December 2012 saw a big revolution in our country. It saw people’s anger towards lechers. It saw the nation’s unity against rape. But did the 2012 Delhi Gang rape case change anything?

We still wake up to news of rapes almost daily. Some minors, some adults, even some elder citizens are raped every now and then. Someone breaks into a paying guest accommodation but still the girls are taught to stay in and take precaution. Why?

As the lawyer, Mr Deepak Sehgal (Amitabh Bachchan), quips in PINK, “We’ve all been going in the wrong direction since forever. We should make sure to keep our boys safe (from ‘provocative’ women) and not the girls.” 


PINK reiterates the problems in gender inequality and the idea of ‘consent’ in an absolutely impacting way. It tells the same story but in manner that will keep you gripped until the end. It revolves around a sexual harassment case wherein fingers are pointed at the girl’s “questionable character” and how power and influence turn the situation against her.

It brings up a lot of double standards and hypocritical stands prevailing in our “society”. 


It’s OK for a guy to stay out late, party or have sex with any girl he likes but if a girl does the same, God save her soul. Plus, a usual stranger girl is OK to have sex with but, God forbid, if she turns out to be a sex worker, she immediately needs to be thrown out because you know “ki woh ladki galat hai.”

“Only the men drink. Ek achche ghar ki ladki sharaab nahi peeti (a reputed family’s daughter doesn’t drink). Aur jo aisa karti hain, unke sath aisa he hona chahiye (and whoever does that, they deserve the bad things to happen to them).” 

Well, what about the achche ghar ke ladke?


An independent working woman is usually looked at as non-ideal. Basically, any woman without her laaj ka gehna is not to be spoken or seen around with.

A girl from North-East? Super! Harass her as much as you want because, who cares?

Consent. What is that? If a ‘forward’ lady chats with you or drinks with you, you know she wants to sleep with you. You know you’ll get it because YOU WANT IT.

And now that you, being a girl, have been out so late and have been drinking, it is all right if someone outraged your modesty because you called for it. Because pubs, roads, cafes, resorts and whatnots are only for men to be chilling at in the night.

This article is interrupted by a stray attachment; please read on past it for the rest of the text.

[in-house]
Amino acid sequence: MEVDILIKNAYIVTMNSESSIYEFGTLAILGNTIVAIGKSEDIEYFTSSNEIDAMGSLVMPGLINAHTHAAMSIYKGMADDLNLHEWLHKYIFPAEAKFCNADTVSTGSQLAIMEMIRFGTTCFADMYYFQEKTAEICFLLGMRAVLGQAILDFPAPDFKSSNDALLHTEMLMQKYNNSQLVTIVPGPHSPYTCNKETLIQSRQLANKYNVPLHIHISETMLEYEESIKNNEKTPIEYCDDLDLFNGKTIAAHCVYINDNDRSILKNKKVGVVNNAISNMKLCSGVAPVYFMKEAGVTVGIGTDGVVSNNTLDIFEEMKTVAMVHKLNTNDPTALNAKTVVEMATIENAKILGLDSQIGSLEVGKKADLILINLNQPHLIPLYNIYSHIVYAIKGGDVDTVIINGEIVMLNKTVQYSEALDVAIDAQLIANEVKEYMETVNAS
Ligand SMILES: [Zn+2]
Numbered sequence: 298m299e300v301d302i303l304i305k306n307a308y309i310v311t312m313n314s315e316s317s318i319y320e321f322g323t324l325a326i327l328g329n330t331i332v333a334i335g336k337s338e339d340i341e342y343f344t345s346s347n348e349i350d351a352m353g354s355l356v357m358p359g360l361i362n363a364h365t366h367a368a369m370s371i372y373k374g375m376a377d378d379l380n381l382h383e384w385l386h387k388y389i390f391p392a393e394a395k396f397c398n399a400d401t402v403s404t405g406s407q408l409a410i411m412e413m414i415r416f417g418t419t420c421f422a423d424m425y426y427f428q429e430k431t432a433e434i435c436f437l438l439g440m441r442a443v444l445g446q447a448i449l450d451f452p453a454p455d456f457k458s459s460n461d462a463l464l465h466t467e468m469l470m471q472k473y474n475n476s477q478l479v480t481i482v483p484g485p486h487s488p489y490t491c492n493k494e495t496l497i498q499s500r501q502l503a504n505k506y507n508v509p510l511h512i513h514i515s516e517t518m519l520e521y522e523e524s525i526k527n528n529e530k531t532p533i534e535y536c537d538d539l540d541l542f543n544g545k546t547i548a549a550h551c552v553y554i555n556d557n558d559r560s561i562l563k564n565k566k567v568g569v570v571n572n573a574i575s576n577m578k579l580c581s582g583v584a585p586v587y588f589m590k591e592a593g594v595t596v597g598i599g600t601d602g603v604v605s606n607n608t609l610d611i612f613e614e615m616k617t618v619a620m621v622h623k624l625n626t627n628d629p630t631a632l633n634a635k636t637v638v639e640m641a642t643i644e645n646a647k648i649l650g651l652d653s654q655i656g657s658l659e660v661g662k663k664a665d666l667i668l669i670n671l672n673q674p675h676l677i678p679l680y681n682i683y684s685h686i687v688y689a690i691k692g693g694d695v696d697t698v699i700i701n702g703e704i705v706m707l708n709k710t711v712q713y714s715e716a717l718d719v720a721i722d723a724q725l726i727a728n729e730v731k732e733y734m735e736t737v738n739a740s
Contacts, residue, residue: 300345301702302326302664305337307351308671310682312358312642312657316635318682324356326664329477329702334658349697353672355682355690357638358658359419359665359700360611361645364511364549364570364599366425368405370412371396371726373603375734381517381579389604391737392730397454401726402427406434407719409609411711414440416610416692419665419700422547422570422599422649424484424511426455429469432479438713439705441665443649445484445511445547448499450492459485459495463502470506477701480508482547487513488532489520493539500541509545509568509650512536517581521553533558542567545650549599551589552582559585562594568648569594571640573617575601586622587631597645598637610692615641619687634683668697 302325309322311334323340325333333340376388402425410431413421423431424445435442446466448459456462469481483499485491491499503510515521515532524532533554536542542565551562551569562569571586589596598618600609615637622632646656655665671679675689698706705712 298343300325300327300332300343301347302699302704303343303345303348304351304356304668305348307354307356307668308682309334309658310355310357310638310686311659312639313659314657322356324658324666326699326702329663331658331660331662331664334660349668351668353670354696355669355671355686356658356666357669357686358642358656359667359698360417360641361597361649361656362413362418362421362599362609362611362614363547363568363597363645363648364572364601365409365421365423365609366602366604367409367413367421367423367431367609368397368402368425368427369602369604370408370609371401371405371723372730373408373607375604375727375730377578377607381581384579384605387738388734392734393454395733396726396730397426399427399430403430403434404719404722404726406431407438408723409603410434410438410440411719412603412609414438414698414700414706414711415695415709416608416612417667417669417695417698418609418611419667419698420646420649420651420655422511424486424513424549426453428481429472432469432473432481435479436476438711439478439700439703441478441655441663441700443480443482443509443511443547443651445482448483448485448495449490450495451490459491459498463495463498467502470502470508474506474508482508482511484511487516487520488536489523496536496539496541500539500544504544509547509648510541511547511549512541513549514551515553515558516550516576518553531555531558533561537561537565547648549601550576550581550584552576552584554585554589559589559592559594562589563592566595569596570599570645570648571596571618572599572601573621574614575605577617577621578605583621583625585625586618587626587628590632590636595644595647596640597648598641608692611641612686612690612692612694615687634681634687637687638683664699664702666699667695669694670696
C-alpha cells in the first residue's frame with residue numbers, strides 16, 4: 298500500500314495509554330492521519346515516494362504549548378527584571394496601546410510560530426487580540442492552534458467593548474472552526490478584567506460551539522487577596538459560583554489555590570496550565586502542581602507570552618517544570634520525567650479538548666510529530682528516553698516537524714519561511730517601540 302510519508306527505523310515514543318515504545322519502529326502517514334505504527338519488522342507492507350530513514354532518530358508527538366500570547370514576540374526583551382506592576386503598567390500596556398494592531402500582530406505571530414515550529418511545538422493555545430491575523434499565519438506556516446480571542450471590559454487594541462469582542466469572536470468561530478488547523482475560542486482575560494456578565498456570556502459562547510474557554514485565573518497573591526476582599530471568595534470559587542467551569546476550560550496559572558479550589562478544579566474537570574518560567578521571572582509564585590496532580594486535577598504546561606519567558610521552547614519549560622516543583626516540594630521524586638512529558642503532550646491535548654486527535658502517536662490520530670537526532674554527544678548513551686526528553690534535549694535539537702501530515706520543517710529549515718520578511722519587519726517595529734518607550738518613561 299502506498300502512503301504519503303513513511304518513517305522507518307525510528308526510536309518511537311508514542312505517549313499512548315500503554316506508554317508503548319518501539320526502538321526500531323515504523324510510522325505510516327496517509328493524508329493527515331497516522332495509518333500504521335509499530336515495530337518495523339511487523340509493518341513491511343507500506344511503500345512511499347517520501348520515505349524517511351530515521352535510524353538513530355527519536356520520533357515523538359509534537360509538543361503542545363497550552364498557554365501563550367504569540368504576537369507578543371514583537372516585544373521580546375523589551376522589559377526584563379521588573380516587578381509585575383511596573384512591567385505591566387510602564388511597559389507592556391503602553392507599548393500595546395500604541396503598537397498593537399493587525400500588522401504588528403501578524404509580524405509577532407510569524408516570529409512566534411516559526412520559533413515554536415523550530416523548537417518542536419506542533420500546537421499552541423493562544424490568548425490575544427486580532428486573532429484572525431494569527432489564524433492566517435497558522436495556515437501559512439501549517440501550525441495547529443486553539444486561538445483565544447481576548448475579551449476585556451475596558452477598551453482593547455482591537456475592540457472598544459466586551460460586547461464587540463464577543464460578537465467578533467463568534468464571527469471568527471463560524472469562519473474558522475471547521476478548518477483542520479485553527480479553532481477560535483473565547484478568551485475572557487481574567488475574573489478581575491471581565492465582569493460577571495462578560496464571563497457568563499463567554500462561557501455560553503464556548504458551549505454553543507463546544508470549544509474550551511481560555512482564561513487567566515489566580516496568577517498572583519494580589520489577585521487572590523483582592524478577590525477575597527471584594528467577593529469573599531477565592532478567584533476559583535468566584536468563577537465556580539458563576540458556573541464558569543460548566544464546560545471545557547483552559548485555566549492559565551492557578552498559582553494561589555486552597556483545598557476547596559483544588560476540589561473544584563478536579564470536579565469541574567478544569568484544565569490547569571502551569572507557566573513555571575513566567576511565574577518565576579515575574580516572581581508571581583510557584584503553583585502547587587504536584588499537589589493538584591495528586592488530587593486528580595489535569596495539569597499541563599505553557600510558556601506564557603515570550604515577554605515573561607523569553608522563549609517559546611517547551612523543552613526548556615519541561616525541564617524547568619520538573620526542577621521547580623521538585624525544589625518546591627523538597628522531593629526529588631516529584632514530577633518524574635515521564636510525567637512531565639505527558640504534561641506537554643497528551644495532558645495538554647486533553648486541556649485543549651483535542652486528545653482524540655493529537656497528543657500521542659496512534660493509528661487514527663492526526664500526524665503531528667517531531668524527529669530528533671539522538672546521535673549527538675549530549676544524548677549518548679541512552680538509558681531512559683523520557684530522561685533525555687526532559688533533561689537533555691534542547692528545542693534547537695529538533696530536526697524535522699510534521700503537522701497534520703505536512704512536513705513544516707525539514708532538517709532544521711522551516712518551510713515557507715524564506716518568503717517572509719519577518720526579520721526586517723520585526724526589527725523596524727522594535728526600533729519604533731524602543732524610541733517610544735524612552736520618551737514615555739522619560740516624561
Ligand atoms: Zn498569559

It is absolutely OK to keep a check on random girls staying in your locality. It is OK if you keep standing and peeping into their flats because, at the end of the day, you have taken thetheka of keeping your society safe.


You forget that you’re the peeping into someone else’s house though, but that’s OK, right?

Aside from pointing out all these issues that are plaguing our lives, the film’s plus points are the performances.

Amitabh Bachchan has, as wonted, done a great job as Lawyer Deepak Sehgal. His baritone, facial expressions and contentions make for a great combination. It is he who moves you with the striking realities of life.

Tapsee Pannu successfully brings out the feelings of anxiety and intimidation that the abused Minal Arora goes through.


Kriti Kulhari’s protrayal of Lucknow girl Falak Ali is on-point. Her enunciation is laudable (read Khan from the epiglottis).

The girl from the North East, Andrea, played by Andrea Taring makes for an eye-opening reality of the racism that the North-Easterns have to continuously put up with.

However Piyush Mishra, unusually, disappoints us with his performance as the over enthusiastic prosecutor Mr Kumar. Certain instances were like Rustom revised.

Moving on, the poem that Amitabh Bachchan recites during the end credits is worth sitting through the credits. It is beautiful, powerful and assertive.

Chunar uda ke dhwaj bana, Gagan bhi kapkapaaega
Agar teri chunar giri toh ek bhookamp aaega
Tu khud ki khoj mein nikal, tu kis liye hataash hai
Tu chal tere wajood ki samay ko bhi talaash hai.”

P. S. The film shows a landlord so surrealistically cool that everyone is gonna covet one like him. Watch to know why. Also, I couldn’t gather much on why PINK is called PINK and it would be a shame if it would have been titled like that because it revolves around girls because Gender stereotypes are a big NO and “no means NO.”